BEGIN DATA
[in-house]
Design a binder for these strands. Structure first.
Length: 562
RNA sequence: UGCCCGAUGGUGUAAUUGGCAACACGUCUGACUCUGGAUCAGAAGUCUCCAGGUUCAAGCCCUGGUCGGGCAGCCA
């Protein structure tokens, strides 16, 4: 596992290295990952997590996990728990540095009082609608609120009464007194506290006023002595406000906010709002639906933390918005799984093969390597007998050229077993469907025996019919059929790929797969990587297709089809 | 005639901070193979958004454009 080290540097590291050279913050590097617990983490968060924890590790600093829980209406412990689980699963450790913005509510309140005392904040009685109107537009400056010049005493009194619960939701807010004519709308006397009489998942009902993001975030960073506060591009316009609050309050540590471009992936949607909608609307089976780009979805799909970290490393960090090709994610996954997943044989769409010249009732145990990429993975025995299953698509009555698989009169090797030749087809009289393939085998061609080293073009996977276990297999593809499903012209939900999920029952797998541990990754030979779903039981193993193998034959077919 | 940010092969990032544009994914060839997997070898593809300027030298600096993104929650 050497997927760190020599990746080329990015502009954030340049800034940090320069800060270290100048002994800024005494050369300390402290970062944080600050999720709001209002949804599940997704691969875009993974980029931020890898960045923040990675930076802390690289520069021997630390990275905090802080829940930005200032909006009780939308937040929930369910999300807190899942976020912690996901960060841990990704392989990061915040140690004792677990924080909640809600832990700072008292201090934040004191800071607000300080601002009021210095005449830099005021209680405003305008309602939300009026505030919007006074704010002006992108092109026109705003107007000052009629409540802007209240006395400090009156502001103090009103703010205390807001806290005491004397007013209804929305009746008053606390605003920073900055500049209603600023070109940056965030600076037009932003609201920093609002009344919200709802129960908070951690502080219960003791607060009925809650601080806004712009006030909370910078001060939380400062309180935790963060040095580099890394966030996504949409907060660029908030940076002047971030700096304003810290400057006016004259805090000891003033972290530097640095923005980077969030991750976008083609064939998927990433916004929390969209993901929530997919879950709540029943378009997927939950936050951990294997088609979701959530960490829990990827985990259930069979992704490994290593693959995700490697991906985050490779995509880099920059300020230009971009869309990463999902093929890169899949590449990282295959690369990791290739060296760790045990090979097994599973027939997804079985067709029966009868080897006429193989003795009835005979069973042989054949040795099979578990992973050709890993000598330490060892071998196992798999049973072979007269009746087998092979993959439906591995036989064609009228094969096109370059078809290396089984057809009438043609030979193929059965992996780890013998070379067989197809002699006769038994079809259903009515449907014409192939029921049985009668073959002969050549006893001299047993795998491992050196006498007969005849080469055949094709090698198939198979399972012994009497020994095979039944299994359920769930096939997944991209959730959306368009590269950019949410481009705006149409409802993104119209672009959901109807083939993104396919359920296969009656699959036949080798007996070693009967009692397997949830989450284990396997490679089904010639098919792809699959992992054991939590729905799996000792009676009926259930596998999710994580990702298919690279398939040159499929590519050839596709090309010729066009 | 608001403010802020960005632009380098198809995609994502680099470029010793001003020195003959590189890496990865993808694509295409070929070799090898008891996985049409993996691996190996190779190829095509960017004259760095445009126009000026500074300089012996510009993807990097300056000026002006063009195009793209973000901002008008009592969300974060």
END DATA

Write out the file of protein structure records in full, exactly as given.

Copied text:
[in-house]
Design a binder for these strands. Structure first.
Length: 562
RNA sequence: UGCCCGAUGGUGUAAUUGGCAACACGUCUGACUCUGGAUCAGAAGUCUCCAGGUUCAAGCCCUGGUCGGGCAGCCA
């Protein structure tokens, strides 16, 4: 596992290295990952997590996990728990540095009082609608609120009464007194506290006023002595406000906010709002639906933390918005799984093969390597007998050229077993469907025996019919059929790929797969990587297709089809 | 005639901070193979958004454009 080290540097590291050279913050590097617990983490968060924890590790600093829980209406412990689980699963450790913005509510309140005392904040009685109107537009400056010049005493009194619960939701807010004519709308006397009489998942009902993001975030960073506060591009316009609050309050540590471009992936949607909608609307089976780009979805799909970290490393960090090709994610996954997943044989769409010249009732145990990429993975025995299953698509009555698989009169090797030749087809009289393939085998061609080293073009996977276990297999593809499903012209939900999920029952797998541990990754030979779903039981193993193998034959077919 | 940010092969990032544009994914060839997997070898593809300027030298600096993104929650 050497997927760190020599990746080329990015502009954030340049800034940090320069800060270290100048002994800024005494050369300390402290970062944080600050999720709001209002949804599940997704691969875009993974980029931020890898960045923040990675930076802390690289520069021997630390990275905090802080829940930005200032909006009780939308937040929930369910999300807190899942976020912690996901960060841990990704392989990061915040140690004792677990924080909640809600832990700072008292201090934040004191800071607000300080601002009021210095005449830099005021209680405003305008309602939300009026505030919007006074704010002006992108092109026109705003107007000052009629409540802007209240006395400090009156502001103090009103703010205390807001806290005491004397007013209804929305009746008053606390605003920073900055500049209603600023070109940056965030600076037009932003609201920093609002009344919200709802129960908070951690502080219960003791607060009925809650601080806004712009006030909370910078001060939380400062309180935790963060040095580099890394966030996504949409907060660029908030940076002047971030700096304003810290400057006016004259805090000891003033972290530097640095923005980077969030991750976008083609064939998927990433916004929390969209993901929530997919879950709540029943378009997927939950936050951990294997088609979701959530960490829990990827985990259930069979992704490994290593693959995700490697991906985050490779995509880099920059300020230009971009869309990463999902093929890169899949590449990282295959690369990791290739060296760790045990090979097994599973027939997804079985067709029966009868080897006429193989003795009835005979069973042989054949040795099979578990992973050709890993000598330490060892071998196992798999049973072979007269009746087998092979993959439906591995036989064609009228094969096109370059078809290396089984057809009438043609030979193929059965992996780890013998070379067989197809002699006769038994079809259903009515449907014409192939029921049985009668073959002969050549006893001299047993795998491992050196006498007969005849080469055949094709090698198939198979399972012994009497020994095979039944299994359920769930096939997944991209959730959306368009590269950019949410481009705006149409409802993104119209672009959901109807083939993104396919359920296969009656699959036949080798007996070693009967009692397997949830989450284990396997490679089904010639098919792809699959992992054991939590729905799996000792009676009926259930596998999710994580990702298919690279398939040159499929590519050839596709090309010729066009 | 608001403010802020960005632009380098198809995609994502680099470029010793001003020195003959590189890496990865993808694509295409070929070799090898008891996985049409993996691996190996190779190829095509960017004259760095445009126009000026500074300089012996510009993807990097300056000026002006063009195009793209973000901002008008009592969300974060």